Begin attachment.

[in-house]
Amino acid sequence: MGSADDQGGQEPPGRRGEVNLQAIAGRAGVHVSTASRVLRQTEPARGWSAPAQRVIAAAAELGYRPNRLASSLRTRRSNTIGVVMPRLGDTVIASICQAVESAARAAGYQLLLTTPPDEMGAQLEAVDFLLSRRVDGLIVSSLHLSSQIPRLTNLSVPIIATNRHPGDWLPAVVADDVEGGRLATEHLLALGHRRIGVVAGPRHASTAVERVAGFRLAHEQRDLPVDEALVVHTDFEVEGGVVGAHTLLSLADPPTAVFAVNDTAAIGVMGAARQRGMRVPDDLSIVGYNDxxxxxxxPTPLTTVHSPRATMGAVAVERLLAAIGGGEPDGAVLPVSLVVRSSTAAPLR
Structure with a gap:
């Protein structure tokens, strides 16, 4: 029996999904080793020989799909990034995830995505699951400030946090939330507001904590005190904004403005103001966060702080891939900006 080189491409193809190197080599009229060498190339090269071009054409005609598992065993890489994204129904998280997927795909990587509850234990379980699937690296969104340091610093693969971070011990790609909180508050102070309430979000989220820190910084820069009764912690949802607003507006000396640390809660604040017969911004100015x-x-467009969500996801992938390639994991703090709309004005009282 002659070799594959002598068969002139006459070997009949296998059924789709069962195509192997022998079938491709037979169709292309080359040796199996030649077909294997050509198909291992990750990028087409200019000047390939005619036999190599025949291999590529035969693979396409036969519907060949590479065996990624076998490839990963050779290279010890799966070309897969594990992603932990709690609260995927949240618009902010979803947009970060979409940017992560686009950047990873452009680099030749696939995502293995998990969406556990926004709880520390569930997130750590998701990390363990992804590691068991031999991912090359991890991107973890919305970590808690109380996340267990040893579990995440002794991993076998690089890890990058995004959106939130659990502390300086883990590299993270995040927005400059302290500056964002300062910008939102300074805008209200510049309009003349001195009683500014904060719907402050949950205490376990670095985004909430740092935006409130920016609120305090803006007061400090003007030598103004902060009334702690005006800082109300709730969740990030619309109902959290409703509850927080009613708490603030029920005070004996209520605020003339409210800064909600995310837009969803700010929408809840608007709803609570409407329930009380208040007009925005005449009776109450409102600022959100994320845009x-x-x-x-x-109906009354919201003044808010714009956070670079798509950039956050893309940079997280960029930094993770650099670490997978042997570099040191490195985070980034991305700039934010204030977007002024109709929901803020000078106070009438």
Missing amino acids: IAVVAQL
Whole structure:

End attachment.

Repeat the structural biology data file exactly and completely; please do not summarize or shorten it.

[in-house]
Amino acid sequence: MGSADDQGGQEPPGRRGEVNLQAIAGRAGVHVSTASRVLRQTEPARGWSAPAQRVIAAAAELGYRPNRLASSLRTRRSNTIGVVMPRLGDTVIASICQAVESAARAAGYQLLLTTPPDEMGAQLEAVDFLLSRRVDGLIVSSLHLSSQIPRLTNLSVPIIATNRHPGDWLPAVVADDVEGGRLATEHLLALGHRRIGVVAGPRHASTAVERVAGFRLAHEQRDLPVDEALVVHTDFEVEGGVVGAHTLLSLADPPTAVFAVNDTAAIGVMGAARQRGMRVPDDLSIVGYNDxxxxxxxPTPLTTVHSPRATMGAVAVERLLAAIGGGEPDGAVLPVSLVVRSSTAAPLR
Structure with a gap:
């Protein structure tokens, strides 16, 4: 029996999904080793020989799909990034995830995505699951400030946090939330507001904590005190904004403005103001966060702080891939900006 080189491409193809190197080599009229060498190339090269071009054409005609598992065993890489994204129904998280997927795909990587509850234990379980699937690296969104340091610093693969971070011990790609909180508050102070309430979000989220820190910084820069009764912690949802607003507006000396640390809660604040017969911004100015x-x-467009969500996801992938390639994991703090709309004005009282 002659070799594959002598068969002139006459070997009949296998059924789709069962195509192997022998079938491709037979169709292309080359040796199996030649077909294997050509198909291992990750990028087409200019000047390939005619036999190599025949291999590529035969693979396409036969519907060949590479065996990624076998490839990963050779290279010890799966070309897969594990992603932990709690609260995927949240618009902010979803947009970060979409940017992560686009950047990873452009680099030749696939995502293995998990969406556990926004709880520390569930997130750590998701990390363990992804590691068991031999991912090359991890991107973890919305970590808690109380996340267990040893579990995440002794991993076998690089890890990058995004959106939130659990502390300086883990590299993270995040927005400059302290500056964002300062910008939102300074805008209200510049309009003349001195009683500014904060719907402050949950205490376990670095985004909430740092935006409130920016609120305090803006007061400090003007030598103004902060009334702690005006800082109300709730969740990030619309109902959290409703509850927080009613708490603030029920005070004996209520605020003339409210800064909600995310837009969803700010929408809840608007709803609570409407329930009380208040007009925005005449009776109450409102600022959100994320845009x-x-x-x-x-109906009354919201003044808010714009956070670079798509950039956050893309940079997280960029930094993770650099670490997978042997570099040191490195985070980034991305700039934010204030977007002024109709929901803020000078106070009438």
Missing amino acids: IAVVAQL
Whole structure: